How do you judge the value of the leaders in your business? What are the true measures of CEO performance?
We tend to judge the value of a leadership team to a business on easily defined numbers like stockholder value, market capitalisation, revenue growth and profits. But how can we be judged as business leaders when the markets are beyond our control and the usual financial levers are not available to us?
We need some sort of Key Performance Indicator that directly correlates you, your leadership and your people with the current and potential performance of your organisation no matter what the outside forces at play. The great news is that this indicator already exists. The Human Capitalisation Rate.
The Human Capitalisation Rate
Simply put the Human Capitalisation Rate (HCR), is the percentage potential of any community that has been unlocked.
Malcolm Gladwell (with a hat tip to James Flynn) highlights this in his book Outliers. He slightly comedically demonstrates that the HCR of the NFL is approximately 16% – that is the percentage of human beings in North America who have the potential to be an elite NFL athlete that ended up making it is 16% (if the American Football league system was a university it would be shut down with that kind of success rate!). In his explanation for why the capitalisation rate could be so low, Gladwell sets out three common assumptions: talent is scarce, talent is innate, talent is too narrowly defined.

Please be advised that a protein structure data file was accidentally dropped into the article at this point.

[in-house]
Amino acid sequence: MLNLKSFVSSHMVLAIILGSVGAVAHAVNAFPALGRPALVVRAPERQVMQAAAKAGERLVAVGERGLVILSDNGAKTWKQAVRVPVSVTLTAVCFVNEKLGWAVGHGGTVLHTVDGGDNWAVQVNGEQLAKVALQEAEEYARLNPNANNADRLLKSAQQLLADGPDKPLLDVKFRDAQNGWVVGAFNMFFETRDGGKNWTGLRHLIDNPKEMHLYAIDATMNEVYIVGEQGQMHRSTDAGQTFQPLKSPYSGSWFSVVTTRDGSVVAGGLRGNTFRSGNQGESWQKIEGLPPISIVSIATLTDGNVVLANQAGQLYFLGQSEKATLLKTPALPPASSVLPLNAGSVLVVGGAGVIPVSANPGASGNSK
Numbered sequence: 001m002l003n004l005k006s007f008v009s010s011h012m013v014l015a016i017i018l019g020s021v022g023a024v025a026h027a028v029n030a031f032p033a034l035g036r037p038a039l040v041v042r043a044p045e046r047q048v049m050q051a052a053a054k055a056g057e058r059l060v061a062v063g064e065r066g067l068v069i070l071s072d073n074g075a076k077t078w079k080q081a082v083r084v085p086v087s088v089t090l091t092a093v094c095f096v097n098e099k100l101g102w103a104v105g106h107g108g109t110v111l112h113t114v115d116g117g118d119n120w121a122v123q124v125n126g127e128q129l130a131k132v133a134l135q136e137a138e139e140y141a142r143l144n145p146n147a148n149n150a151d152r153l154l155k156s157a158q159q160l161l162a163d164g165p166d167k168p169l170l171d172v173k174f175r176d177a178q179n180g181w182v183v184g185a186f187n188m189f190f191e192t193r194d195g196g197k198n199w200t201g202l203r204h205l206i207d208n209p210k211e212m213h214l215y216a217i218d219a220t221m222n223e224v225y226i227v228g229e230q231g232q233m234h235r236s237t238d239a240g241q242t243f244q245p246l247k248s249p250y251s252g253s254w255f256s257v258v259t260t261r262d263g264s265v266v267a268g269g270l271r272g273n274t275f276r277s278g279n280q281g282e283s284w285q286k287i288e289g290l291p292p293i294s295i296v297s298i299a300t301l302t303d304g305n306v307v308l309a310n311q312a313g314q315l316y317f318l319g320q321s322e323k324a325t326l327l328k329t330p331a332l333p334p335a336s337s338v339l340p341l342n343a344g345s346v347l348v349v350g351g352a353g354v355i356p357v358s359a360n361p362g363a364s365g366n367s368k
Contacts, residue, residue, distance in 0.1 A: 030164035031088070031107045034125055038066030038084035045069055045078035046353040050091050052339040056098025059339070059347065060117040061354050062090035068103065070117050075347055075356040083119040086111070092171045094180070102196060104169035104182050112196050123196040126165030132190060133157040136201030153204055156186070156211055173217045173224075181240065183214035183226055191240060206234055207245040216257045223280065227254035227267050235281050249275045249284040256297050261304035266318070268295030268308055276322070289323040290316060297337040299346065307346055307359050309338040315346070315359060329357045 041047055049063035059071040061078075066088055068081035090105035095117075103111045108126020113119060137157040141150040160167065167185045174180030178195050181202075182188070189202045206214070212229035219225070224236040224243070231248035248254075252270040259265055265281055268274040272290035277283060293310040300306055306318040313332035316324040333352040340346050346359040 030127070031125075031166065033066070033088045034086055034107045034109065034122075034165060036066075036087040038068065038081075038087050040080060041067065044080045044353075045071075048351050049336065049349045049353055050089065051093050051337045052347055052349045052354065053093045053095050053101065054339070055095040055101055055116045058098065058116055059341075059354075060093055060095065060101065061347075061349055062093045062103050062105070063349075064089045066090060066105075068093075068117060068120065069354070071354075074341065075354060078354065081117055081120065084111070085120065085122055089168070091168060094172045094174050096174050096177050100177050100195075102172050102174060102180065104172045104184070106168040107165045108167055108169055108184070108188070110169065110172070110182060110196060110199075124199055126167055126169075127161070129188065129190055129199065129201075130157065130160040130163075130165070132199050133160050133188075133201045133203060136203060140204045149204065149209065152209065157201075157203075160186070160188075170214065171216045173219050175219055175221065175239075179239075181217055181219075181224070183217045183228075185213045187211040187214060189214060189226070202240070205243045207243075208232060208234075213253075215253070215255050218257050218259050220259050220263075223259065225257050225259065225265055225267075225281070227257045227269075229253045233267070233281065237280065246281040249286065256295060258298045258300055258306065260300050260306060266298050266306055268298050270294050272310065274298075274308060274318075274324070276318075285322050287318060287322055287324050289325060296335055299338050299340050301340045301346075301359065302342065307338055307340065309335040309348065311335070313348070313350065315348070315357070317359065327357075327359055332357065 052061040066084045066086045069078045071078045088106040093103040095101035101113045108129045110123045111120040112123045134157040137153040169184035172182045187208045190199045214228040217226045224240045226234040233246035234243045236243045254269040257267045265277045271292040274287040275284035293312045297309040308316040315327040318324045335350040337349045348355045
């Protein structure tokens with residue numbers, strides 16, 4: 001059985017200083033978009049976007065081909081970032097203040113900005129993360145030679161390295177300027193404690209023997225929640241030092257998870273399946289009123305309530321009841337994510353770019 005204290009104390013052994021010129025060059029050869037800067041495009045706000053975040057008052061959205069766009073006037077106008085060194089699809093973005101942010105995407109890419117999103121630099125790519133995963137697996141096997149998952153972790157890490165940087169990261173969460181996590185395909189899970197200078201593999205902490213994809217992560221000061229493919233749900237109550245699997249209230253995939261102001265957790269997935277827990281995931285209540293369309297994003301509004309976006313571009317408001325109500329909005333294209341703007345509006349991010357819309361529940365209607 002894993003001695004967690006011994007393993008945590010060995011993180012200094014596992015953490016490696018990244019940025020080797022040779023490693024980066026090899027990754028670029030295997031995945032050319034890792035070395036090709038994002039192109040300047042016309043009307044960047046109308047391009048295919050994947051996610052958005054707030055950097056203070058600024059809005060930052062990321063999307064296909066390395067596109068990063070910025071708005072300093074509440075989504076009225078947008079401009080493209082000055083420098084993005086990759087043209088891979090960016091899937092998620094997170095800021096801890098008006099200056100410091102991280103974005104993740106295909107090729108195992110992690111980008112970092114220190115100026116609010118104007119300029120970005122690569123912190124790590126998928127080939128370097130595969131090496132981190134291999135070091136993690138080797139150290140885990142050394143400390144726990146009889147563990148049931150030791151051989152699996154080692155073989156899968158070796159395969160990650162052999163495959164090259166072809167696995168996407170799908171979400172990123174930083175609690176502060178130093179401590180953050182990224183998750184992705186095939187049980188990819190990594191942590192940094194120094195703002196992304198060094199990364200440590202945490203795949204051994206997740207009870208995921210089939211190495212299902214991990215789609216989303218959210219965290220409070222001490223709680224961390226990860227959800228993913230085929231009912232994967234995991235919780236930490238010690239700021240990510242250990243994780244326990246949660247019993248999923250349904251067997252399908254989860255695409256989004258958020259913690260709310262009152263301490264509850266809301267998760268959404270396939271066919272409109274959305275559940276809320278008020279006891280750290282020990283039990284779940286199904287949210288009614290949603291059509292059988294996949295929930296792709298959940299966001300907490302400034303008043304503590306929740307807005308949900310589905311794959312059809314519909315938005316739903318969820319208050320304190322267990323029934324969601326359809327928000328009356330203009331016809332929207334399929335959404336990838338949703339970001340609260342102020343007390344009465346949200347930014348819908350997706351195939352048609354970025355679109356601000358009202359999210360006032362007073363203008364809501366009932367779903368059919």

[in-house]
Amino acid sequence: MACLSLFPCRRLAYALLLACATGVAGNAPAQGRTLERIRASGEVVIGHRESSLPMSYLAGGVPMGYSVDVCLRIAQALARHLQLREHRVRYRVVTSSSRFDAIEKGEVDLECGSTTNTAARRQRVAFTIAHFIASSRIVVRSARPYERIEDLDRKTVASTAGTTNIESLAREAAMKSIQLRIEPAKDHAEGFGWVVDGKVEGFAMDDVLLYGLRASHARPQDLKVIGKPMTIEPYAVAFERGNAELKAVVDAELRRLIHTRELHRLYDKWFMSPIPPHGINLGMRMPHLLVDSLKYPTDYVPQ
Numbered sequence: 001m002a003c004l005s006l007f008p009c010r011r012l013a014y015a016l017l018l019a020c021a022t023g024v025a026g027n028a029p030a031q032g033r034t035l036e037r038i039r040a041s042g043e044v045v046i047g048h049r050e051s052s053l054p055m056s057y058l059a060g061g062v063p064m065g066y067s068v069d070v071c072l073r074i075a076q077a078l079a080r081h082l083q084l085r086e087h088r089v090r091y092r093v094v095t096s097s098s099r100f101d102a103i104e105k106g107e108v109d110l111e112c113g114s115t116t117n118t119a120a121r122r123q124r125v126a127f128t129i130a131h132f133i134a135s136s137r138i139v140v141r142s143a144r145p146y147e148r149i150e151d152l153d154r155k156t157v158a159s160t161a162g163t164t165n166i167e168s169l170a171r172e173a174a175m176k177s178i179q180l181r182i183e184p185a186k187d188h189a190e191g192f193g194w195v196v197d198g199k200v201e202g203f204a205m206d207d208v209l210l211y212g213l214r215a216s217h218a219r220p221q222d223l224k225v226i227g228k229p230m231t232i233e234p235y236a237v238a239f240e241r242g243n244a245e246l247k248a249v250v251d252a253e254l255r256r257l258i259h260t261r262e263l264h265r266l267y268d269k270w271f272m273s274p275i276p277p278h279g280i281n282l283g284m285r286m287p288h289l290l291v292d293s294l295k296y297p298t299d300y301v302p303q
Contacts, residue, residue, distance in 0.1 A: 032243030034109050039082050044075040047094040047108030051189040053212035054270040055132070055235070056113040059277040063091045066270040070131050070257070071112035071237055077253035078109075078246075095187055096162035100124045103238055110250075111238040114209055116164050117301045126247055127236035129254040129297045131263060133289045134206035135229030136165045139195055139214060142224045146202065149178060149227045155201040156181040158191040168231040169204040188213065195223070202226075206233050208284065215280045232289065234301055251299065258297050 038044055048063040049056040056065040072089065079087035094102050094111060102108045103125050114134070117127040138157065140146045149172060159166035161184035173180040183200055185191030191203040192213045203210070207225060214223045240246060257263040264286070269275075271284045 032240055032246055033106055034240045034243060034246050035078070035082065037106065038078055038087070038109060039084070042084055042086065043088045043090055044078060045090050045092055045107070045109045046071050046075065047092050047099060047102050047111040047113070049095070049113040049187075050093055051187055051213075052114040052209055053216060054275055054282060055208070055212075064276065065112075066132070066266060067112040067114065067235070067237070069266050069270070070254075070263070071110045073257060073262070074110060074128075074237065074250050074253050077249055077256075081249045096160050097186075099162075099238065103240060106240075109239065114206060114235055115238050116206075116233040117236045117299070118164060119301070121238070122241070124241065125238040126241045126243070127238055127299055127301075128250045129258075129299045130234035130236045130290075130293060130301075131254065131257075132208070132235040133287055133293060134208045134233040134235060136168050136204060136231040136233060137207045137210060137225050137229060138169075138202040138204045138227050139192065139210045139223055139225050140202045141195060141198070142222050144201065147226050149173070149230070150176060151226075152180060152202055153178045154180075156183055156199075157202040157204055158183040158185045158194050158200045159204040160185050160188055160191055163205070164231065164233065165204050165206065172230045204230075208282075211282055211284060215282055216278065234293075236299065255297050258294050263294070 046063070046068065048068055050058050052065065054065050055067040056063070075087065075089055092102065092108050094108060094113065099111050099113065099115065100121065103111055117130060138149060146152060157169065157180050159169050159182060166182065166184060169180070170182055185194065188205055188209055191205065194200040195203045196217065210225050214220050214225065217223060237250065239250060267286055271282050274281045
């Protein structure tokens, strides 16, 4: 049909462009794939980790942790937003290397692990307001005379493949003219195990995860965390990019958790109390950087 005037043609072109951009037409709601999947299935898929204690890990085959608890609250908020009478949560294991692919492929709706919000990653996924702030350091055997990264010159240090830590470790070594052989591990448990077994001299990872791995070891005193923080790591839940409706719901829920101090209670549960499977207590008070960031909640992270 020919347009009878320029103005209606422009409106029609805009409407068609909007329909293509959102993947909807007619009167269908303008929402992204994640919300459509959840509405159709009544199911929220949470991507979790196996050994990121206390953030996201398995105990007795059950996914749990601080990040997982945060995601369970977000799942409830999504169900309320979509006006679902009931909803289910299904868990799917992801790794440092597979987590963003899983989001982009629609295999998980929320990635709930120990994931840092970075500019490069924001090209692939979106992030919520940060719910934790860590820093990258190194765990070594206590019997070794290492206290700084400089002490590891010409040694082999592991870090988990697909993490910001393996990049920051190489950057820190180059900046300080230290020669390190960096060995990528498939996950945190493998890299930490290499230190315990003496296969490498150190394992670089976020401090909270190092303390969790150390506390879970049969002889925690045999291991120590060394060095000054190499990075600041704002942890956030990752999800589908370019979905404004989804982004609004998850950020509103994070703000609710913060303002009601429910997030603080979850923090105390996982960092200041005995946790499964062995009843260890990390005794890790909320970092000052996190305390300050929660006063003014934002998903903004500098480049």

At the Chemistry Group we see an abundance of talent in all sorts of organisations. We would argue that the problem is not that talent is scarce, but that talent is actually being squandered.
I could tell you many stories to illustrate this but I’ll stick with just one. We worked with a FTSE 100 company to increase their sales growth (from neutral to double digits) without hiring or firing a single person. Using our proprietary IP we could tell that the HCR of this organisation was suppressed, not because of the people on the team, but the accounts they were aligned to. After looking at every members’ Potential and Capability data we were able to align the sales team to increase the HCR for the business unit. You can read more about how we did that here.
There are big challenges ahead for all of us, from integrating radically different working practices into your new every day to thinking about reintroducing furloughed workers and the future shape of your businesses and organisations. In short, What Great Looks Like™ might look a little different now than it did 100 days ago. In this Brave New World HCR should be your key KPI.
At The Chemistry Group we are working away to develop tools that will help you deal with the coming challenges, and to find the talent in and outside your organisations to reach your objectives. You can find one of our first, on understanding Motivations, here.
We are looking to build on this in the coming days and weeks to develop our thinking around the challenges ahead, if there is anything specific you would like us to look at, please get in touch.